First up is the ponderosa pine that Steve has dubbed ‘Porky’. This tree hasn’t been posted online yet, other than a photo or two from the Nebraska boys of me holding it, still in the collection bag.

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On very rare occasions we find a tree that seems like it’s just been waiting and hoping to become a bonsai tree for a very long time. It’s even more rare for that tree to be collectible. Porky is one of those trees! The tree already looks like a bonsai, and NOTHING has been done to it apart from collection, no training what-so-ever. And it’s not an “onion” base, as most all ponderosa’s like this are. It can only get better from here! 🙂

Enjoy the photo’s:

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The second tree headed for NE is a nice Rocky Mountain Juniper we collected in 2014. This is another one that is very ready for life as a bonsai. Great movement, taper, deadwood, curving and twisting live viegn, compact root system… it has it all! 🙂

The tree has so many “good sides” it was hard not taking too many photo’s…

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We hope you like the trees we find! Keep an eye on our site next spring for some amazing new trees. And if you happen to be in the neighborhood stop by; You might just find something you like just as much as one of these trees. 🙂 Winter is finally setting in here in WY, but we’ll be sure to put up a few posts to keep you entertained.

We also have some exciting new developments with a couple of professional artists, so be sure to stay with us.

Blessings, and stay warm.


Third Place Tie Announced for the Artisans Cup

Michael Hagedorn

Many of you are familiar now with the prize winners of the Artisans Cup. This week it was found that a fourth tree was a winner as well…scoring the same 50 points as the Third Place winner. Along with Amy Blanton’s Rocky Mountain Juniper, the Japanese White Pine of Konnor Jenson will also be awarded third place.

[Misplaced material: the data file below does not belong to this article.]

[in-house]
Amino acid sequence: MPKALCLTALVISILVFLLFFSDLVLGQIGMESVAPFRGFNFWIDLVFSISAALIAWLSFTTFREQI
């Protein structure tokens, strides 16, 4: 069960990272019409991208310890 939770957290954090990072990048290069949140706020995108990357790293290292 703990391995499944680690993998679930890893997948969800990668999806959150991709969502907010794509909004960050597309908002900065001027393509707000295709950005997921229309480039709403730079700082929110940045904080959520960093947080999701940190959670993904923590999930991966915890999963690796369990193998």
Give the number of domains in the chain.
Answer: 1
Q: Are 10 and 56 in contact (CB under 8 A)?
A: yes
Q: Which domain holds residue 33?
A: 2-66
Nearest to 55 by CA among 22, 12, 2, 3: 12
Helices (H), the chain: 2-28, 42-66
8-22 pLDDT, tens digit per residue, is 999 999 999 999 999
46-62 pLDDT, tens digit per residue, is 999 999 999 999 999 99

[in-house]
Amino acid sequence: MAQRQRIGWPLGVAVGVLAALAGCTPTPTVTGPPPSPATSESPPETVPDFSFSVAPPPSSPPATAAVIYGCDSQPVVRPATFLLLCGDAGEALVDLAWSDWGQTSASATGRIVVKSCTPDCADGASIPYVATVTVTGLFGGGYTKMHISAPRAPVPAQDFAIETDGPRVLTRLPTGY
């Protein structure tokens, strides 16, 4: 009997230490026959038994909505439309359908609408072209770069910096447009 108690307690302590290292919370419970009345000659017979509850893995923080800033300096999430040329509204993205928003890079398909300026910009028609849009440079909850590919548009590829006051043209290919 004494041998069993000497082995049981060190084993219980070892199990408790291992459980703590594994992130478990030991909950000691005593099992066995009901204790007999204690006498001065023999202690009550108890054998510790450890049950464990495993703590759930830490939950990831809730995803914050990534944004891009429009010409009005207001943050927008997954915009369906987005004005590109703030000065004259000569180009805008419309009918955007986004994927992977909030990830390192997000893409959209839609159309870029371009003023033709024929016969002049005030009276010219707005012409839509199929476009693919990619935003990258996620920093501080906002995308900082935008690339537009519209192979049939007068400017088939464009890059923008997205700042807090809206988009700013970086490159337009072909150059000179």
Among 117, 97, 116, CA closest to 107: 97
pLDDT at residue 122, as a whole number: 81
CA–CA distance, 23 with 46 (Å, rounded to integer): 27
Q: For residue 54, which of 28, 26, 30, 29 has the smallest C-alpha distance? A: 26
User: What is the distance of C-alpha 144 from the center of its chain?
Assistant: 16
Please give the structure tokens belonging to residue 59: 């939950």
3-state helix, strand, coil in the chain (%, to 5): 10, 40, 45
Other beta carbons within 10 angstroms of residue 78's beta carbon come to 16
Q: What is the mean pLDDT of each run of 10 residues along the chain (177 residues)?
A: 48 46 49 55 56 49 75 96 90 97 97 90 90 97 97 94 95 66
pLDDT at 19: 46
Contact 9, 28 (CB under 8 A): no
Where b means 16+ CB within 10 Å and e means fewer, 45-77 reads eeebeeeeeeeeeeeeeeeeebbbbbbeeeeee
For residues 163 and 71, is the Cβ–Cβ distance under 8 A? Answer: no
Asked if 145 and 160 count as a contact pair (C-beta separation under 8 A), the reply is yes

An accompanying award certificate, plaque, and $3,000 purse will be awarded to both Mr. Jenson and Ms. Blanton. Congratulations to them both!

Konnor Pine Artisans Cup Sharing Third Place at the Artisans Cup is Konnor Jenson’s Japanese White Pine

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Photographic Tour of The Artisans Cup

Michael Hagedorn

This is beyond words. This isn’t a photo essay, as I tend to do, but simply photos. I think that if you were not able to come to The Artisans Cup, seeing many photos of it will give you a sense of the magnitude and emotional impact of the design, lighting, and quality of the trees.

I thank my friend Oscar Jonker for use of these photos. He was there in the first couple hours when the Cup was finished setting up, and then he zipped right to the hotel and blogged about it. I was too tired here in Portland to even think of writing, so I begged the use his lightning fast post from Bonsai Empire. Thanks Oscar for all these great photos! (Only two are mine…the first and the last).



















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From the Brink of Death!

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Breaking News: Tree saved from the brink of death by collectors!

I hope you all don’t mind a bit of humor this morning… lol. But I figured it’s as good a time as any for a nice heart warming collecting story.